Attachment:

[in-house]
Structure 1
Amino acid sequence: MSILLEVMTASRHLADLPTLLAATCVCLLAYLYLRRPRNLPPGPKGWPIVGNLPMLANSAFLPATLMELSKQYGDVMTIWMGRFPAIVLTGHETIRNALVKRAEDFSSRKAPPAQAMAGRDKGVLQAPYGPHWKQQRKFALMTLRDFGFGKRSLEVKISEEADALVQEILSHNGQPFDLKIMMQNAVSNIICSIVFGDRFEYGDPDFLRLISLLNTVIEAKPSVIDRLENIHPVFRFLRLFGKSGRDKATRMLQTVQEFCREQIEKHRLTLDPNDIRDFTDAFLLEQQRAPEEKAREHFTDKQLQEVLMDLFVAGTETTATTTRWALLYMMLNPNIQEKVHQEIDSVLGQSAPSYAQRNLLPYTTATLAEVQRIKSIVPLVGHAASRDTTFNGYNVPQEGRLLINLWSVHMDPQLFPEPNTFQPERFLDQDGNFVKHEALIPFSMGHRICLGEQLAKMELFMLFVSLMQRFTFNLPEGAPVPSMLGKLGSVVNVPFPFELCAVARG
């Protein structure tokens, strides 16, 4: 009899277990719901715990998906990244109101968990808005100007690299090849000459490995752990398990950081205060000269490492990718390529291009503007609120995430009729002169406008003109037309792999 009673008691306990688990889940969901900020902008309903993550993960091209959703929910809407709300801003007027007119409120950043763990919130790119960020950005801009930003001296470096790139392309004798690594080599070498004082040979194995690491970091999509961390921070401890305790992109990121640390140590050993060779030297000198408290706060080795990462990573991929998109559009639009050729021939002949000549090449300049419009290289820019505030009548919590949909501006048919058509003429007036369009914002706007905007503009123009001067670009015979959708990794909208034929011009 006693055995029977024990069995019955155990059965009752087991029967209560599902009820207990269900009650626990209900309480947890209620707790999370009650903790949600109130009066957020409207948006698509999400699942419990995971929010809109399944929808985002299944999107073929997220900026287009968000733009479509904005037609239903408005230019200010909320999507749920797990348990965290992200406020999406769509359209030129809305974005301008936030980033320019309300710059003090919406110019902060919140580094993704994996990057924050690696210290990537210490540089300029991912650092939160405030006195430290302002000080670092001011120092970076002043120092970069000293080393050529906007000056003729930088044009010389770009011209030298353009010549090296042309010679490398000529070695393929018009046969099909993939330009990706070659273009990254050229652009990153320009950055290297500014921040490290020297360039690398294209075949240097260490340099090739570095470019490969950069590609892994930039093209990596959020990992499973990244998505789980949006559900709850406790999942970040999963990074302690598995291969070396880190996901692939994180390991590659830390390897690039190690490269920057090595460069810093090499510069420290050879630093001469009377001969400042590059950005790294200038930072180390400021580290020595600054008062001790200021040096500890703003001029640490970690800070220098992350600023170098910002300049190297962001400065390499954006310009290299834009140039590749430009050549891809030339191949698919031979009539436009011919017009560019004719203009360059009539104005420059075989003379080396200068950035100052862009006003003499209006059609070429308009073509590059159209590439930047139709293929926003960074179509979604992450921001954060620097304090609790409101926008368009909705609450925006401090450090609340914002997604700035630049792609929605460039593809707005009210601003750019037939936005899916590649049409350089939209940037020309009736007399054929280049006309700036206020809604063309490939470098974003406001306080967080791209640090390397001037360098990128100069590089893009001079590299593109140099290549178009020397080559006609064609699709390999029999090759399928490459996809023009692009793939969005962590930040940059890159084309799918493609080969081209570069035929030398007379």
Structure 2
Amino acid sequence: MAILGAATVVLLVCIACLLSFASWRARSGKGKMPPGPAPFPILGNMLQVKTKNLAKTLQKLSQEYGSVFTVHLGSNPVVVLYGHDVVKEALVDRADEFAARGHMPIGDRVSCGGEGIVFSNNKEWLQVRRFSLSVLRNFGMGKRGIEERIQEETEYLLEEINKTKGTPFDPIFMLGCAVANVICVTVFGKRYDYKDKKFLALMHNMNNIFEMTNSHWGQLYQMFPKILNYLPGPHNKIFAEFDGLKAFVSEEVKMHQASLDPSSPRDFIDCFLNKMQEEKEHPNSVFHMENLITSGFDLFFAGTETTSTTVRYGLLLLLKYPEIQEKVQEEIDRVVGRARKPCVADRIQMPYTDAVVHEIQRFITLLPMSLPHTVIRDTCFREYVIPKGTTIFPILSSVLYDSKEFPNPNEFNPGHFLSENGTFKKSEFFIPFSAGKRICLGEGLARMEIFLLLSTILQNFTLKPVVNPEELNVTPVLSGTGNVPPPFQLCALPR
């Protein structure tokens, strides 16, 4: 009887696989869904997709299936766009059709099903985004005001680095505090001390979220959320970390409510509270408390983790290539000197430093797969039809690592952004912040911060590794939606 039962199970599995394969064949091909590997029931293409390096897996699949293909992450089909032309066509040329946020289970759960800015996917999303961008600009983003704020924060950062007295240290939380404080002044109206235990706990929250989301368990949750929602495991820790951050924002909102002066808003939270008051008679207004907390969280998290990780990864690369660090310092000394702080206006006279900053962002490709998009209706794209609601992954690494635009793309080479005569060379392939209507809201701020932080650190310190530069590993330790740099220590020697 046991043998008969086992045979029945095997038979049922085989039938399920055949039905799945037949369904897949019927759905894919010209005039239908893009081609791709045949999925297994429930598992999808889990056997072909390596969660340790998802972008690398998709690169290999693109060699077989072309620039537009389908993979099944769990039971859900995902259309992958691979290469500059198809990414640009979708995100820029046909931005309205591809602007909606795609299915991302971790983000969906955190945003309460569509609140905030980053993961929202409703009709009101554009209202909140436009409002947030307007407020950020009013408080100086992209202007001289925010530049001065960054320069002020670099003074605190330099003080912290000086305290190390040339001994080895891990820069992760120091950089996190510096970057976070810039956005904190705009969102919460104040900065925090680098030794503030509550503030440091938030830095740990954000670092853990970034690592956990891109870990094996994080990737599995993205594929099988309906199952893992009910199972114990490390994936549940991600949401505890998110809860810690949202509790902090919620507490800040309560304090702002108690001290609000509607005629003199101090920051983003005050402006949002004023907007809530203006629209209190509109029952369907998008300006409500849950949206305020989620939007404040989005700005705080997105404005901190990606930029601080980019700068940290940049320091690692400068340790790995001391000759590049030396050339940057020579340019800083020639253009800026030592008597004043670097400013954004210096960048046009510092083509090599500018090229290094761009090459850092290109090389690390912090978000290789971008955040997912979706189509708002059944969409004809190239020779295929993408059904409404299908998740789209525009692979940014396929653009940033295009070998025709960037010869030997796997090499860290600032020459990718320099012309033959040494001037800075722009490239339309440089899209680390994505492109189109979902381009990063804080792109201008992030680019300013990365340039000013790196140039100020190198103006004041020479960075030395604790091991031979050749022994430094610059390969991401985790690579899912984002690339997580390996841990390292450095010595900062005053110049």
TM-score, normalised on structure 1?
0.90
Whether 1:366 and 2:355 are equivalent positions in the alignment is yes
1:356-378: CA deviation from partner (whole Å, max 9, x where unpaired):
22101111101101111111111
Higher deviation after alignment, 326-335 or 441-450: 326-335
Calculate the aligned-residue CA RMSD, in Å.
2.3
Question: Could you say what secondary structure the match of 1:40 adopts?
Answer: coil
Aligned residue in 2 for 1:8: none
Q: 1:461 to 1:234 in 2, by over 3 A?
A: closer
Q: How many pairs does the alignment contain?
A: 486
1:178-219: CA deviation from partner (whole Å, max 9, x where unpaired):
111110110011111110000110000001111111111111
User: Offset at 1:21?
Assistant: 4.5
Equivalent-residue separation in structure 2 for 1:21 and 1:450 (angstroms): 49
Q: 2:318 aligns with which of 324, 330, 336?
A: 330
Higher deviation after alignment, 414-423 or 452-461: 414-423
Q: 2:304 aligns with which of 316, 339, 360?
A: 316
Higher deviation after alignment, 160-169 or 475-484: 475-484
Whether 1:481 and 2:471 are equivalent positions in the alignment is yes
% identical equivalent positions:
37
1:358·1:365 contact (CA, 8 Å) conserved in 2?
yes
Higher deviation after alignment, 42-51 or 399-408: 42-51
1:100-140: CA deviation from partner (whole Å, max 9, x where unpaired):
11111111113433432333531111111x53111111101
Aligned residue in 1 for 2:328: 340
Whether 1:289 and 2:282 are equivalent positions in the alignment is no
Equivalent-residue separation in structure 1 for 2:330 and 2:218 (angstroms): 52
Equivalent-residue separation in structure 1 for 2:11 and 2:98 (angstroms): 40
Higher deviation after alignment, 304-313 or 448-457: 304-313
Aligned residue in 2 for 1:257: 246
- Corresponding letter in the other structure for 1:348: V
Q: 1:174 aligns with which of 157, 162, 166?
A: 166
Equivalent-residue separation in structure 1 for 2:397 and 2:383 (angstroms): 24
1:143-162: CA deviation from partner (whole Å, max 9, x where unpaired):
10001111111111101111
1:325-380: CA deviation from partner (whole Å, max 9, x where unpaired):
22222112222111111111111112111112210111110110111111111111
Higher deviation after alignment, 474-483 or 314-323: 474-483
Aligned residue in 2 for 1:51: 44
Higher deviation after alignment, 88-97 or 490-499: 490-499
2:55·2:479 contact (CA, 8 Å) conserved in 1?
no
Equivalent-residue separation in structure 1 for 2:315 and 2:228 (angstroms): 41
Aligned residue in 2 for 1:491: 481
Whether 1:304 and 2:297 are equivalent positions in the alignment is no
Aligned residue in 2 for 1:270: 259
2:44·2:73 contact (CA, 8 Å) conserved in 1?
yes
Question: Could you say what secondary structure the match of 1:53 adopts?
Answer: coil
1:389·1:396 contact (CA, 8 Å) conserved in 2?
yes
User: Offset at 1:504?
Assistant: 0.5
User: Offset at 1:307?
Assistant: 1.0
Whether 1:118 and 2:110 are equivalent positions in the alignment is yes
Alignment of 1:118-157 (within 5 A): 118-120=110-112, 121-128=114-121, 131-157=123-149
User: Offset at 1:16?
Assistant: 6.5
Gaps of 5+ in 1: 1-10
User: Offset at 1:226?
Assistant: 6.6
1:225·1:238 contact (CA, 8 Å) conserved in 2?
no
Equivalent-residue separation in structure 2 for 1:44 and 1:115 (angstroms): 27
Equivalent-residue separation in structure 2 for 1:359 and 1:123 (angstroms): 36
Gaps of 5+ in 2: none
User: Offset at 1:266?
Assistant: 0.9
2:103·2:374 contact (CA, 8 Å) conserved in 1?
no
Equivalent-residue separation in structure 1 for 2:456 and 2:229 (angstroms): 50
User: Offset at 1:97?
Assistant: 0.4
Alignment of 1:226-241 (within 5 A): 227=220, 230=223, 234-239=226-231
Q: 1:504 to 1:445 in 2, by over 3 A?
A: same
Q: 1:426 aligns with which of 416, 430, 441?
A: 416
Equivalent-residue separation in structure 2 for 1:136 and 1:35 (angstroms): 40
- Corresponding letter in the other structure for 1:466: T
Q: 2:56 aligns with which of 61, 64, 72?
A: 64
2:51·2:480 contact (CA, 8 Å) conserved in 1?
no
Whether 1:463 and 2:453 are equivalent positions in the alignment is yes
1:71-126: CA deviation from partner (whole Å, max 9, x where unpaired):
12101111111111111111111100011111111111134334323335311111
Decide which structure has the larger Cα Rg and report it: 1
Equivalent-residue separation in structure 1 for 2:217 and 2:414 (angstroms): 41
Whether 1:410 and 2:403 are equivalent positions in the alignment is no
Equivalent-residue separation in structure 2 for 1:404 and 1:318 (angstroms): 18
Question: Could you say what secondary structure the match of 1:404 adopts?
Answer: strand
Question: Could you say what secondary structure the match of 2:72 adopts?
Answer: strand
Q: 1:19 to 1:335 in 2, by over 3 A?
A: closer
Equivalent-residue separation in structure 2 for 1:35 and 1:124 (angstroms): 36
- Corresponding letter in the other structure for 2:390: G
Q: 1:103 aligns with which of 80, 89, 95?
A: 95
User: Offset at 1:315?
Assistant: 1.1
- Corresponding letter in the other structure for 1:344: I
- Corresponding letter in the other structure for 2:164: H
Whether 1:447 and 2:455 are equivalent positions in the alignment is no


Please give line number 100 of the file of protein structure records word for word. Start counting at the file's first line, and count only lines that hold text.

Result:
- Corresponding letter in the other structure for 1:466: T